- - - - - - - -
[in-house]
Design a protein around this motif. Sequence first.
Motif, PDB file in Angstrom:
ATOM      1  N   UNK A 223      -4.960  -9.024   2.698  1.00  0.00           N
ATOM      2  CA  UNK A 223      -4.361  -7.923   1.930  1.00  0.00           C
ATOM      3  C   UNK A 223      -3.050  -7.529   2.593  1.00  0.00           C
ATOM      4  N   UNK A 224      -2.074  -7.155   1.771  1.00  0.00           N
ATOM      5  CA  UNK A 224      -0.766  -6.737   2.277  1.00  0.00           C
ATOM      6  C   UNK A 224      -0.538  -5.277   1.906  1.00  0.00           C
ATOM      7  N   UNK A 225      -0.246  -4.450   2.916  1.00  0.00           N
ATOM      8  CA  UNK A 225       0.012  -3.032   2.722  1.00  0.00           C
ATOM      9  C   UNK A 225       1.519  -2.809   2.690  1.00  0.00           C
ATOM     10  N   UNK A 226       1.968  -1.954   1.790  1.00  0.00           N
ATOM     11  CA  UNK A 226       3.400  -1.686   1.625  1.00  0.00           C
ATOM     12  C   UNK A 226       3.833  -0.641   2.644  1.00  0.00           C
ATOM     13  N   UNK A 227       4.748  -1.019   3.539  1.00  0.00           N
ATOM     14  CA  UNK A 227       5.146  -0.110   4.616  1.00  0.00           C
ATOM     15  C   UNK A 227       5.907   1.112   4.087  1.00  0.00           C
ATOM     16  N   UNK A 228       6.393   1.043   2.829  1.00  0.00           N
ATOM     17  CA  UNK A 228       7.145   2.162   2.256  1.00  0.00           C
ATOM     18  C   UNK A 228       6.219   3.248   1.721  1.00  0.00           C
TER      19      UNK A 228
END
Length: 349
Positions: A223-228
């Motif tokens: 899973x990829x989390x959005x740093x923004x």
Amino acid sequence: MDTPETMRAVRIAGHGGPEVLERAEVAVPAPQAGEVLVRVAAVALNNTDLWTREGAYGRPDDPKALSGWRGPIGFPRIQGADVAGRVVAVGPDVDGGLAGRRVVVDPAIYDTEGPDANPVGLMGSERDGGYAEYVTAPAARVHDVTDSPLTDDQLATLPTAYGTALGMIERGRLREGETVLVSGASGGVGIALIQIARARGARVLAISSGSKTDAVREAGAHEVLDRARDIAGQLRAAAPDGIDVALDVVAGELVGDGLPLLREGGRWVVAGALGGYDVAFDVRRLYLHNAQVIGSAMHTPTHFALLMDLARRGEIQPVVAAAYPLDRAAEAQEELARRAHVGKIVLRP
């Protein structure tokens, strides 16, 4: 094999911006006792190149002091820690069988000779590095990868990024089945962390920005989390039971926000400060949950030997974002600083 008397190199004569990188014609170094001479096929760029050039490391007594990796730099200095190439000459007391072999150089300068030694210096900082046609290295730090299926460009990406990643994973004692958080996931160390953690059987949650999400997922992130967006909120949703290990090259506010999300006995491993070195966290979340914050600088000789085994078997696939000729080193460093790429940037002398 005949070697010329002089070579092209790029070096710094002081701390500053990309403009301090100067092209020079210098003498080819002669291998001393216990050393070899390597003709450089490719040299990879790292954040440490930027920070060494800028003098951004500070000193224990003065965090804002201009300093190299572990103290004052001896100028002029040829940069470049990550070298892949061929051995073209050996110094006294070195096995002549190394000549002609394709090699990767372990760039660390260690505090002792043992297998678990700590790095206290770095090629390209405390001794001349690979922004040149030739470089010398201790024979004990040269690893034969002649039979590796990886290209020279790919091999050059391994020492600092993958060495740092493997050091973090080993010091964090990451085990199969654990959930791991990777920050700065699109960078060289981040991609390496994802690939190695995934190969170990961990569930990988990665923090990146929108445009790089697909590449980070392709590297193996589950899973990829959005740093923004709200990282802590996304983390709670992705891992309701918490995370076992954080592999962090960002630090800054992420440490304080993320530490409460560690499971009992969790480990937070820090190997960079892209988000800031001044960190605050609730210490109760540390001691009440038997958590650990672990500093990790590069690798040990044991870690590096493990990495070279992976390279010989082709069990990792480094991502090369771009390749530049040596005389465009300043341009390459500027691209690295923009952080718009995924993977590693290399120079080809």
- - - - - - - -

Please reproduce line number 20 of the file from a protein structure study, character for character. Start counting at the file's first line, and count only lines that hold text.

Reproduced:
ATOM     17  CA  UNK A 228       7.145   2.162   2.256  1.00  0.00           C